"Let nothing human be alien to me"- Terence

Monday, November 29, 2010

AQAP v Huthi: This time, its personal

This might be a largely reactive day or two on the blog- I am waiting for Greg to release his rebuttal to Thomas Hegghammer's answer to the al-Awlaki debate.   I am not sure if I'll have anything interesting to add to it.  I know- since when has that stopped me?  Right now I am enjoying two top analysts duking it out.   Clint has also been doing excellent work on this over at Selected Wisdom.   This is much better than the old days, when we basically only had Jane Novak to argue with.

As for the probable AQAP attack on the Huthis, Will at the Yemen Peace Project has the statement and some good analysis.   I think he is right when he says that this probably isn't going to play particularly well among Yemenis.   As has been mentioned, there isn't exactly a deep theological divide between Zaydi Shi'ism and Sunni philosophy.  The difference is largely political, though it has been wrapped with more of a schismatic cloth in the war years- but that is still just the wrapping.  

I'm not sure if this attack is a push for more volunteers or a reaction to their arrival.  Foreign fighters generally don't have much respect for the lay of the land, and can push movements in more extreme directions.  After all, I didn't bust my hump across the Eurasian wilds just to take out some damned police officer.  That is for chumps and local teens.  Let's go after the real apostates.  It could also be a combination of the two, of course.

It is also possible that the attack is a result of a steeply-increasing sense of destiny.  AQAP hasn't been flawless, but it is human nature to look back on success with the feeling of inevitability- especially if you've convinced yourself you have a divine mandate.  This would be out of character for AQAP, where caution has been the rule, but it wouldn't be totally out of character for any successful revolutionary group.  You begin to believe your own clippings.   I am not yet ready to say this is probably the case; this is the smallest possible sample-size to analyze.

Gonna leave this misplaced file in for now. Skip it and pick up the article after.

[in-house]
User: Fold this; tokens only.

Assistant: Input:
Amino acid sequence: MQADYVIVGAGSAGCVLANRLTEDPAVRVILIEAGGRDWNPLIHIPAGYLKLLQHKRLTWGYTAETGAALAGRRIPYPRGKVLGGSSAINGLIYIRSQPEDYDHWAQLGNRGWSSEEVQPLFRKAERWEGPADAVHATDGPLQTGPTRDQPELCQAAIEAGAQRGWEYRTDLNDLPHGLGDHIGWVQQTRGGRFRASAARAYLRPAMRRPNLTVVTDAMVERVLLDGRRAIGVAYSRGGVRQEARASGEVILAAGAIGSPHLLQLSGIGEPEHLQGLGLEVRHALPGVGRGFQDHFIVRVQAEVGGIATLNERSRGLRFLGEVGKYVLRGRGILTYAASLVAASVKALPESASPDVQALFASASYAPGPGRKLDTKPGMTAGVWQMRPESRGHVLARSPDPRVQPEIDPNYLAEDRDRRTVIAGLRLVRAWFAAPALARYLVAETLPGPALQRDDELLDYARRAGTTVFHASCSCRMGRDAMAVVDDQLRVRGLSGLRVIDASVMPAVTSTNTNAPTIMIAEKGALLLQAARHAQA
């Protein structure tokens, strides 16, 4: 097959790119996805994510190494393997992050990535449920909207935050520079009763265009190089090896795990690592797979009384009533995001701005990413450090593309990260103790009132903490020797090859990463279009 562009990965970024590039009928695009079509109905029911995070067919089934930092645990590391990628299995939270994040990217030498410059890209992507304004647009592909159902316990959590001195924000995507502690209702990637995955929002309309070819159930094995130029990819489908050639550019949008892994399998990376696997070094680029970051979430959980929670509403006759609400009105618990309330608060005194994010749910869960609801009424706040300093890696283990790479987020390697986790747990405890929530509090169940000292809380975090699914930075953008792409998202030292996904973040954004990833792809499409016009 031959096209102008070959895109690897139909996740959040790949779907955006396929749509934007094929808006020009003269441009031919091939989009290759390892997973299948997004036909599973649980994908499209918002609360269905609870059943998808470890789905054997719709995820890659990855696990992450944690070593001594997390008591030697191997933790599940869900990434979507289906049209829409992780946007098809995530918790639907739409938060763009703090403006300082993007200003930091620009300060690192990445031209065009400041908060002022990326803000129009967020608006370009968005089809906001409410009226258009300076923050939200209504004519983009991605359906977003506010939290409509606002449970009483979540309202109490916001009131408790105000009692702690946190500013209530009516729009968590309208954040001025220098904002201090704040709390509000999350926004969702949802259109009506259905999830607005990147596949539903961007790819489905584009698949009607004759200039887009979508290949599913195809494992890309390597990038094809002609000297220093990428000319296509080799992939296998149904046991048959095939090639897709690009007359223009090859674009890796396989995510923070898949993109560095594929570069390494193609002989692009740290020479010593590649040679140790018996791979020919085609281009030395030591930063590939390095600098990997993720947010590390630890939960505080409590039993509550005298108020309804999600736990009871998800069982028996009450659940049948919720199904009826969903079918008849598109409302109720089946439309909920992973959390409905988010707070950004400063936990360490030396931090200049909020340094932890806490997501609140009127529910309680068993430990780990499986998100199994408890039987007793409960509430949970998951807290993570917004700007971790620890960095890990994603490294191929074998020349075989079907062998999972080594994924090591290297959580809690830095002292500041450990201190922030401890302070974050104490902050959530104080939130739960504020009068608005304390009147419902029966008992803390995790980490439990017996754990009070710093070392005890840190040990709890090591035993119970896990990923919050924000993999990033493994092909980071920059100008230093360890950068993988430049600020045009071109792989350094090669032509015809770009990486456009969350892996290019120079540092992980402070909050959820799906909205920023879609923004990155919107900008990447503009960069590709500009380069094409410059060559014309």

The most clever thing about this attack is how it undercuts propaganda.  What the hell is Salih going to say?  Stop attacking innocent Huthis?  Even US condemnation rings hollow; we haven't lifted a finger to stop scorched earth.   There is an opportunity here to slide into the role of honest broker, but it is a very small window and would require a lot more nuance than our strategy has provided.   I don't doubt all of this crossed the mind of the leadership, if not before the attack than shortly thereafter (they are excellent retroactive propagandists), but I still think this might be a case of bloody over-reach, the kind they have heretofore avoided.


  1. I'm very curious to find out who the actual martyrs in these operations were; foreigners or Yemenis? The answer will bear on our predictions of how successful/well-received an anti-Shi'ah campaign might be, and it will determine, in part, how the victims' people approach the matter of retribution and the rhetorical framing thereof. Will we, for example, see attacks by "Huthi" operatives against AQAP operatives, or attacks by members of bereaved families against other families?

  2. I don't think the Yemenis care about these people, the Southerners hate the north and want independence and the North actually believe that the Houthis kill innocent Sunni Yemenis (Yemen gov. propoganda and al-Qaeda). Besides, their attack was targetting the Houthis, and not Zaydis in general.